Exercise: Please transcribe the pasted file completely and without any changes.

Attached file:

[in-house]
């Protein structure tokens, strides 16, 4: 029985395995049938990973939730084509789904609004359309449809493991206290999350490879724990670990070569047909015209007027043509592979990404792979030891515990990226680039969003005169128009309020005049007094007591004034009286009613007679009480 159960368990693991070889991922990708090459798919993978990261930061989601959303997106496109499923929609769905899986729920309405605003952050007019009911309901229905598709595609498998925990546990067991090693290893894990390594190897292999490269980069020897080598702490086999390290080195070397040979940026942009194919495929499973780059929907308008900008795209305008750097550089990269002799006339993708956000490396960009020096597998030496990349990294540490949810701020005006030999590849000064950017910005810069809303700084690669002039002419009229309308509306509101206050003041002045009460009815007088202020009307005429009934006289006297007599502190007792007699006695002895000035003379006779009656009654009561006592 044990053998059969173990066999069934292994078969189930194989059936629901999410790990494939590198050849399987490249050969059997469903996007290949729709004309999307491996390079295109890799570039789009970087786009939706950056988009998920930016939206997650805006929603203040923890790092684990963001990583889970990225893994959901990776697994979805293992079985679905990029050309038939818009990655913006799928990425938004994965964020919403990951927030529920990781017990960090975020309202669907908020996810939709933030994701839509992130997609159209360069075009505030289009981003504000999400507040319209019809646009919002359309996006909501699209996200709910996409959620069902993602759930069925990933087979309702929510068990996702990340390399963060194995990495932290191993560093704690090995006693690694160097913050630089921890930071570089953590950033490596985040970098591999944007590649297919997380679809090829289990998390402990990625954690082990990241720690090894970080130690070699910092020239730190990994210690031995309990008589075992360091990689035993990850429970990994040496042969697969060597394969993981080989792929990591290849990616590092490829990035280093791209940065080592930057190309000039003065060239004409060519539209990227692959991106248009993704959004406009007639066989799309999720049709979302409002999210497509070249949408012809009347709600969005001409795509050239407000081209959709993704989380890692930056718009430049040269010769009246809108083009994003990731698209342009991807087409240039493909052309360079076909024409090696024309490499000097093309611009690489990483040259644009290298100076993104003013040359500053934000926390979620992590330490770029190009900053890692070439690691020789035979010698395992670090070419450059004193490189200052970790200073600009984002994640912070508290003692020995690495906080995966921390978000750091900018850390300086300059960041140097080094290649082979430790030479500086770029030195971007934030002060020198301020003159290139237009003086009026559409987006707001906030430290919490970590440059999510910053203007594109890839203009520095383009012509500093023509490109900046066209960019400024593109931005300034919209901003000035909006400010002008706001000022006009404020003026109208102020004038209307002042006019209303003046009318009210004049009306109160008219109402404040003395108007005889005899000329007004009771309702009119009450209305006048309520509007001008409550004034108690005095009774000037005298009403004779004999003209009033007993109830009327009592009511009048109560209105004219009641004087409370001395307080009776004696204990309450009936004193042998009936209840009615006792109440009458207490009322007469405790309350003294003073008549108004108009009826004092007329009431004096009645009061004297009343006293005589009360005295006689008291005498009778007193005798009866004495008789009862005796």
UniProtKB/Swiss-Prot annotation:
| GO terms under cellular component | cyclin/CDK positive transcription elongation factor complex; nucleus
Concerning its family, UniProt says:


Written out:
[in-house]
């Protein structure tokens, strides 16, 4: 029985395995049938990973939730084509789904609004359309449809493991206290999350490879724990670990070569047909015209007027043509592979990404792979030891515990990226680039969003005169128009309020005049007094007591004034009286009613007679009480 159960368990693991070889991922990708090459798919993978990261930061989601959303997106496109499923929609769905899986729920309405605003952050007019009911309901229905598709595609498998925990546990067991090693290893894990390594190897292999490269980069020897080598702490086999390290080195070397040979940026942009194919495929499973780059929907308008900008795209305008750097550089990269002799006339993708956000490396960009020096597998030496990349990294540490949810701020005006030999590849000064950017910005810069809303700084690669002039002419009229309308509306509101206050003041002045009460009815007088202020009307005429009934006289006297007599502190007792007699006695002895000035003379006779009656009654009561006592 044990053998059969173990066999069934292994078969189930194989059936629901999410790990494939590198050849399987490249050969059997469903996007290949729709004309999307491996390079295109890799570039789009970087786009939706950056988009998920930016939206997650805006929603203040923890790092684990963001990583889970990225893994959901990776697994979805293992079985679905990029050309038939818009990655913006799928990425938004994965964020919403990951927030529920990781017990960090975020309202669907908020996810939709933030994701839509992130997609159209360069075009505030289009981003504000999400507040319209019809646009919002359309996006909501699209996200709910996409959620069902993602759930069925990933087979309702929510068990996702990340390399963060194995990495932290191993560093704690090995006693690694160097913050630089921890930071570089953590950033490596985040970098591999944007590649297919997380679809090829289990998390402990990625954690082990990241720690090894970080130690070699910092020239730190990994210690031995309990008589075992360091990689035993990850429970990994040496042969697969060597394969993981080989792929990591290849990616590092490829990035280093791209940065080592930057190309000039003065060239004409060519539209990227692959991106248009993704959004406009007639066989799309999720049709979302409002999210497509070249949408012809009347709600969005001409795509050239407000081209959709993704989380890692930056718009430049040269010769009246809108083009994003990731698209342009991807087409240039493909052309360079076909024409090696024309490499000097093309611009690489990483040259644009290298100076993104003013040359500053934000926390979620992590330490770029190009900053890692070439690691020789035979010698395992670090070419450059004193490189200052970790200073600009984002994640912070508290003692020995690495906080995966921390978000750091900018850390300086300059960041140097080094290649082979430790030479500086770029030195971007934030002060020198301020003159290139237009003086009026559409987006707001906030430290919490970590440059999510910053203007594109890839203009520095383009012509500093023509490109900046066209960019400024593109931005300034919209901003000035909006400010002008706001000022006009404020003026109208102020004038209307002042006019209303003046009318009210004049009306109160008219109402404040003395108007005889005899000329007004009771309702009119009450209305006048309520509007001008409550004034108690005095009774000037005298009403004779004999003209009033007993109830009327009592009511009048109560209105004219009641004087409370001395307080009776004696204990309450009936004193042998009936209840009615006792109440009458207490009322007469405790309350003294003073008549108004108009009826004092007329009431004096009645009061004297009343006293005589009360005295006689008291005498009778007193005798009866004495008789009862005796």
UniProtKB/Swiss-Prot annotation:
| GO terms under cellular component | cyclin/CDK positive transcription elongation factor complex; nucleus
Concerning its family, UniProt says: